The question before presidential voters is simple: Who will better serve this country for the next four years, Mitt Romney or Barack Obama? When couched in straightforward terms, the answer is clear: President Obama should be re-elected.
Obama has done a reasonably good job handling an almost unprecedented economic mess a situation that has proved far worse than anyone knew as it developed. Still, there is room for debate about the direction the country is headed.
Unfortunately, the Republican Party has offered no credible alternative. Its platform consists of little more than nostalgia for the 1950s, and its presidential candidate largely remains a mystery.
Romney has publicly demonstrated no core convictions beyond his obvious belief that he should be president. He apparently thinks that simply not being Obama is qualification enough.
It is not.
When Barack Obama took office, the country was mired in two wars, one pointless and neither properly funded. The economy was tanking and jobs were disappearing by the thousands. The automotive industry was on the verge of collapse threatening to take with it the entire upper Midwest. And, while no one knew it at the time, the Middle East was about to explode into chaos and confusion.
On balance, Obamas handling of all that has been good. U.S. forces have left Iraq and the end is in sight in Afghanistan. Muammar Gadhafi was ousted with no American troops involved. Democracy has a tenuous but real toehold in some Arab countries. And while the U.S. economy is recovering too slowly, it is recovering. As Vice President Joe Biden put it, Osama bin Laden is dead and GM is alive.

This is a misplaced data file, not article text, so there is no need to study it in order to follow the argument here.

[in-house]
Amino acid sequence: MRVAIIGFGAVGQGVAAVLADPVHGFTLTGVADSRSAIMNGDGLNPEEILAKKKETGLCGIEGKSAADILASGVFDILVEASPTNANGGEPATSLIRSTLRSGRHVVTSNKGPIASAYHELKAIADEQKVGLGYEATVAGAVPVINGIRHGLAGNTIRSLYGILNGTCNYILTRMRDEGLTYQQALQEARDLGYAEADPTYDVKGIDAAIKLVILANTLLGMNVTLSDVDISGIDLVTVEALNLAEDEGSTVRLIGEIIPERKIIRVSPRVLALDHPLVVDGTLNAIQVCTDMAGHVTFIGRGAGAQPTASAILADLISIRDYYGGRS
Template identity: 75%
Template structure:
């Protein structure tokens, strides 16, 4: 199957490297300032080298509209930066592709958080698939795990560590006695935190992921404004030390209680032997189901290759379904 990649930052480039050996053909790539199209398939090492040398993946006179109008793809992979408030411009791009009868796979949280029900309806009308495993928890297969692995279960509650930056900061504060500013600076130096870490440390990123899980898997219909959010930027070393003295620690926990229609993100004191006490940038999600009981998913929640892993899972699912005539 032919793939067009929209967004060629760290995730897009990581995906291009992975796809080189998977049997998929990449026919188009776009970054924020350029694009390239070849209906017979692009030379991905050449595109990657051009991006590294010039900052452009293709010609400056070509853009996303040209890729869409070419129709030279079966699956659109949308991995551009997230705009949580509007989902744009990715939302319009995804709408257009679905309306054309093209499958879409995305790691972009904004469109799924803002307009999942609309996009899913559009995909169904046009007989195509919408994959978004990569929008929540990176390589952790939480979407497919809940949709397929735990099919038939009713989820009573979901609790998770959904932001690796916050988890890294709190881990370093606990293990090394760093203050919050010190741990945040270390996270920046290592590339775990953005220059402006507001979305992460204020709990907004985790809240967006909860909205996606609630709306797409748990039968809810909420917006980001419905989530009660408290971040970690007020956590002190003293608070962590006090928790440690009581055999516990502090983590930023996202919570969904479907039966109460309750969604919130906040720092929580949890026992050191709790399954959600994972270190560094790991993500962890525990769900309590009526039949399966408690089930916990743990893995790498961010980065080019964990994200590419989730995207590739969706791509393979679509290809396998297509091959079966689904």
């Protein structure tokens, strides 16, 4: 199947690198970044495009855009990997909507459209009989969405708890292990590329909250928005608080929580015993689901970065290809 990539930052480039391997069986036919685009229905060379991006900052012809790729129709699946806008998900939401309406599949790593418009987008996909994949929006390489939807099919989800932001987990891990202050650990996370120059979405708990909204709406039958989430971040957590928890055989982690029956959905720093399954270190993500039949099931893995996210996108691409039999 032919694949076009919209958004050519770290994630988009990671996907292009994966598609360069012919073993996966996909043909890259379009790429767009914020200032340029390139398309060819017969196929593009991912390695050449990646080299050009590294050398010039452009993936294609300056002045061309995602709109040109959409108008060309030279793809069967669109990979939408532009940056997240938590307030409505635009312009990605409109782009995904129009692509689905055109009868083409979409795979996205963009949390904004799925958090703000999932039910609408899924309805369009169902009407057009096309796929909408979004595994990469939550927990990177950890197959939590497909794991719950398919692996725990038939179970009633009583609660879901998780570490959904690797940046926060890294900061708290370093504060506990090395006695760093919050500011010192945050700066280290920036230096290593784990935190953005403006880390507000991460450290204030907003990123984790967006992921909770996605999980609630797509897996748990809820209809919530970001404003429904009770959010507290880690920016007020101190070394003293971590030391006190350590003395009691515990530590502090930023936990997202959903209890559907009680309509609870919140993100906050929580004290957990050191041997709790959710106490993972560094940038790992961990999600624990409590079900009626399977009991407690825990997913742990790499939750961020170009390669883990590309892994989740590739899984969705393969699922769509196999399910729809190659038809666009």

Amid all that, Obama kept a campaign promise and signed into law a sweeping health-care reform package.
All told, that is not a bad record. But in considering the way forward, Americans are always interested in alternative visions.
Mitt Romney, however, has not effectively offered one. Instead, this race has been presented as a referendum on the economy and the presidents personal style. Romney has failed to explain himself or his agenda, and the voters still do not really know who he is or how he would govern.
By all accounts, Romneys Mormon faith is central to who he is. To listen to him campaign, however, one would never know that. His business acumen is touted as his core competence, but he will not release his tax records for more than a couple of years. He promises to cut taxes, increase defense spending, lower the deficit and make the seemingly impossible math work out by reforming the tax code. But he cannot, or will not, explain what those tax changes might be.
Romney rails against Obamacare, although it was modeled on the program he enacted as governor of Massachusetts. He governed that state as a moderate, but won the presidential nomination describing himself as severely conservative.
He has gone from supporting reproductive rights when running for the Senate in 1994 to saying in 2007 that he would gladly ban abortion in all cases. He now says he would allow exceptions for rape, incest and the health of the mother.
Romney has shown some consistency on other womens health issues. He has repeatedly said he would strip Planned Parenthood of all funding and allow employers to exclude contraception from health-insurance coverage. He wants to talk about the economy but fails to understand that reproductive autonomy is an economic issue for women.
Barack Obama is an imperfect president, of course, and to what extent he can achieve his goals for the nation remains to be seen. But he has and can articulate a vision for a better, fairer, more successful America. His opponent offers nothing of the sort.
Vote to re-elect Barack Obama.